20 Basic Clamping/Occluding Instruments (continued) Kelly

21 Basic Clamping/Occluding Instruments (continued)

22 Retracting Designed for exposure at the operative site May be hand held or self retaining Vary in size, length, and type May be sharp or dull May be malleable

23 Basic Retracting/Exposing Instruments Large Richardson or

24 Basic Retracting/Exposing Instruments (continued)

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27 Probing Used for exploration of a fissure, fistula or duct Commonly found in gallbladder and rectal trays Wire like instruments with guides

28 Dilating/Probing Instruments

29 Dilating Used to gradually dilate an orifice to allow a larger instrument to be introduced or measurement of lumen diameter Used in Endoscopy, GYN, GU (cysto), Vascular surgery

30 Dilating Continued… Tapered at on end then increase in diameter Cervical dilators are double ended Urethral dilators are single ended Esophageal dilators are the longest and most flexible

31 Suturing Needle holders are used to hold needles for suturing Vary in shape and size Jaws have small serrations to hold needle in place Similar in part structure to the hemostat Can have Tungsten Carbide tips. –These can be replaced!

32 Needle Holders

33 Suctioning Used in removing blood or body fluids from operative site to maintain surgeon visibility to perform surgical procedure Disposable or non disposable Type of suction based upon surgical site and procedure Common suction tips are Yankauer, Poole, and Frasier

34 Basic Visualization Instruments

35 Visualization Laparoscopic procedures require trocars, ports, cannulas for laparoscopic instrumentation access Is it a retractor or a speculum? Also for viewing called a speculum or specula (plural) Think ear speculum when you visit physician and he/she does an ear exam Ladies think GYN visit (it’s a Graves speculum they use)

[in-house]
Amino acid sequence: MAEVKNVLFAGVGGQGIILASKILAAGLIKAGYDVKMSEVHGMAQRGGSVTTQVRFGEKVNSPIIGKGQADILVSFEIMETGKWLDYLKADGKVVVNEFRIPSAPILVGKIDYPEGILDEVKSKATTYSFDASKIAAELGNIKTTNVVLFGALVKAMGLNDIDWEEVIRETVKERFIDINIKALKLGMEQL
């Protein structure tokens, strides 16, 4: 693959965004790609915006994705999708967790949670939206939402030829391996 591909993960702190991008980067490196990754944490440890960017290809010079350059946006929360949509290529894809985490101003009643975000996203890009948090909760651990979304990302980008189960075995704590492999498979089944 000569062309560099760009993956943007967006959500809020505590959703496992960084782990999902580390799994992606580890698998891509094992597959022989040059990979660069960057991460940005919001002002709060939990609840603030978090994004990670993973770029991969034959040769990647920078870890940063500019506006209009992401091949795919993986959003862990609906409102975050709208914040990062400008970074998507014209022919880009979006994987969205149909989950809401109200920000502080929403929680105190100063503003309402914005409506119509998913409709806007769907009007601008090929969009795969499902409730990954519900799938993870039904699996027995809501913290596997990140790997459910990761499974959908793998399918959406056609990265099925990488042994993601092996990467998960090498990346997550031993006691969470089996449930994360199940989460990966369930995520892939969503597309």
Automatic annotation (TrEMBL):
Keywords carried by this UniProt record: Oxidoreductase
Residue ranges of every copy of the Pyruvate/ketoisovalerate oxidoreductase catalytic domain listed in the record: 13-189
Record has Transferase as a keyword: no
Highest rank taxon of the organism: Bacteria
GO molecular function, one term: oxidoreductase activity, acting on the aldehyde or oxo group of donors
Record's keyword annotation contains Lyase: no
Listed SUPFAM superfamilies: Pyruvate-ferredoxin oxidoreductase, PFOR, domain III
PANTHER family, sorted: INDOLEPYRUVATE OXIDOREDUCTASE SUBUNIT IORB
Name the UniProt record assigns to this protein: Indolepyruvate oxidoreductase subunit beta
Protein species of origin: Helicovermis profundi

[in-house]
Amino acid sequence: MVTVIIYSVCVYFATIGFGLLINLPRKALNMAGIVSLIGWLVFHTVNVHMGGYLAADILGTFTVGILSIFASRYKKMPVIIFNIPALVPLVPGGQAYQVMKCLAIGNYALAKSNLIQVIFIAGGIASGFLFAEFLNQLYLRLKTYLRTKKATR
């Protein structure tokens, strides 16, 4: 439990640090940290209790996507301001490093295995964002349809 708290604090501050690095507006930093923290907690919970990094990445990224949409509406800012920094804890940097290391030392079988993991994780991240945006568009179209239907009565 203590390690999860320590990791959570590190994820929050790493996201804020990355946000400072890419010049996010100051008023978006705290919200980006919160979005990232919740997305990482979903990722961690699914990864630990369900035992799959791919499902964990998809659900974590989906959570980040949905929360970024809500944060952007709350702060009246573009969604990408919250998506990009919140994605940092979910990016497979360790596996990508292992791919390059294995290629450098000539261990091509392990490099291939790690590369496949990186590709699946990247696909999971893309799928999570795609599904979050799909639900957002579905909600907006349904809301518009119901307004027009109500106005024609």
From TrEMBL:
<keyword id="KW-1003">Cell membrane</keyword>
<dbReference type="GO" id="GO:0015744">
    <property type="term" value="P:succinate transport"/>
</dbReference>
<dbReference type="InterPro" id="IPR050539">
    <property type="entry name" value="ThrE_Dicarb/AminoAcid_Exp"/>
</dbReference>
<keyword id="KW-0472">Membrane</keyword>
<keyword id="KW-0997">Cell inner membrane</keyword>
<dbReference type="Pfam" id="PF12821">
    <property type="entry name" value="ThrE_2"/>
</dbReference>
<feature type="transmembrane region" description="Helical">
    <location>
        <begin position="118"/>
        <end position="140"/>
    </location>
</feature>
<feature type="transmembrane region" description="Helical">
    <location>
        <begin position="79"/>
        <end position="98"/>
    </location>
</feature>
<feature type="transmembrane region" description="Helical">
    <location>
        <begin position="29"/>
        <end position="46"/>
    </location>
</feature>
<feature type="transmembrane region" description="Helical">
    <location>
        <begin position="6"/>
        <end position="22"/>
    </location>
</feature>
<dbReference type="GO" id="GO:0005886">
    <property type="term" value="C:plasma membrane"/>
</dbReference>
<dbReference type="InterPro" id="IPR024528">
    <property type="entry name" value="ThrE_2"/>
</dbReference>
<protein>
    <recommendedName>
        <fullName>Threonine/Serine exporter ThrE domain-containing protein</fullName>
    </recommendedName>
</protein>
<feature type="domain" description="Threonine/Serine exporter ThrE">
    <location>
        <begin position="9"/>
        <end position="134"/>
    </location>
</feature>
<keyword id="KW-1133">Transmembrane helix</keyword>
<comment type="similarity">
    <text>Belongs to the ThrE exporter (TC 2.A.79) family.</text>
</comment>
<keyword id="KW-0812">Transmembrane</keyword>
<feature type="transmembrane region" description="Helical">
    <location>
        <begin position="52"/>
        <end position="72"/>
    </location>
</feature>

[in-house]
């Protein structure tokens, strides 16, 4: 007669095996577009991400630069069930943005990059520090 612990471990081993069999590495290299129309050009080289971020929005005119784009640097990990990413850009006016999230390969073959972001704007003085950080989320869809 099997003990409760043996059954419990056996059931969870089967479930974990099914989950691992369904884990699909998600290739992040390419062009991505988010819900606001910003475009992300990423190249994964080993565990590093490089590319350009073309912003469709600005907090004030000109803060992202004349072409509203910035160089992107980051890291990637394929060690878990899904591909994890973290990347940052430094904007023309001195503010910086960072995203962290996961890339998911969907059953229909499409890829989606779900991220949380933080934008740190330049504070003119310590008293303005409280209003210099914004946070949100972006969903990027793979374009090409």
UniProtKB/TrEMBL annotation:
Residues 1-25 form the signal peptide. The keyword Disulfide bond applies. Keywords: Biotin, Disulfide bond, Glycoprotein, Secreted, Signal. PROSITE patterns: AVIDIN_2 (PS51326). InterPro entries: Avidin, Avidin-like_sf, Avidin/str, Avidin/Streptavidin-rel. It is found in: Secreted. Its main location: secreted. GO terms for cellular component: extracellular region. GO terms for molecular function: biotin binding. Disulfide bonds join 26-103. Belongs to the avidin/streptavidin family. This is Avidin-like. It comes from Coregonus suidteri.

36 Basic Visualization Instruments (continued)

37 Accessory Instruments Sponge sticks Towel clips Not really a clear use for it that is related to tissue handling Also multi-use instrument

38 Endoscopes 1.Diagnostic 2.Operative (channeled) Rigid Visualization: Direct (0°) Angled (30, 70, 120°) Semi-rigid Flexible Visualization: Panoramic Two Types of Flexible: 1.Fiberoptic Visualization through eyepiece Connect to light source 2.Videoscope Visualization on monitor Connect to light source and camera

39 Diagnostic Endoscopes For observation No operating channels

40 Operative Endoscopes Channeled: irrigation, suction, insertion of biopsy forcep or needle, connection of accessory instruments such as cautery or laser

41 Tools Required to Perform Minimally- Invasive Surgery With an Endoscope

42 Robotics pages , 132 Robotic instruments –Similar to laparoscopic instruments Jaw design and length similar –Differences arise in handling and cleaning procedures Da Vinci –Endo-Wrist instrumentation. Multi-use instruments

43 Endo-Wrist turn to page 104 Have 5 main components: 1.Release levers (A) 2.Instrument shaft (B) 3.The wrist (C) 4.The tip or end reflector (D) 5.Instrument housing (E)

44 Summary 3 grades of instruments Anatomy and Classifying Instruments 5 basic categories of surgical instruments Classifications of surgical instruments –Cutting, Grasping and holding, Clamping, Retracting, Probing, Dilating, Suturing, Suctioning, Accessory Scopes and Robotics

45 Instrument Care and Handling Minor and Major Trays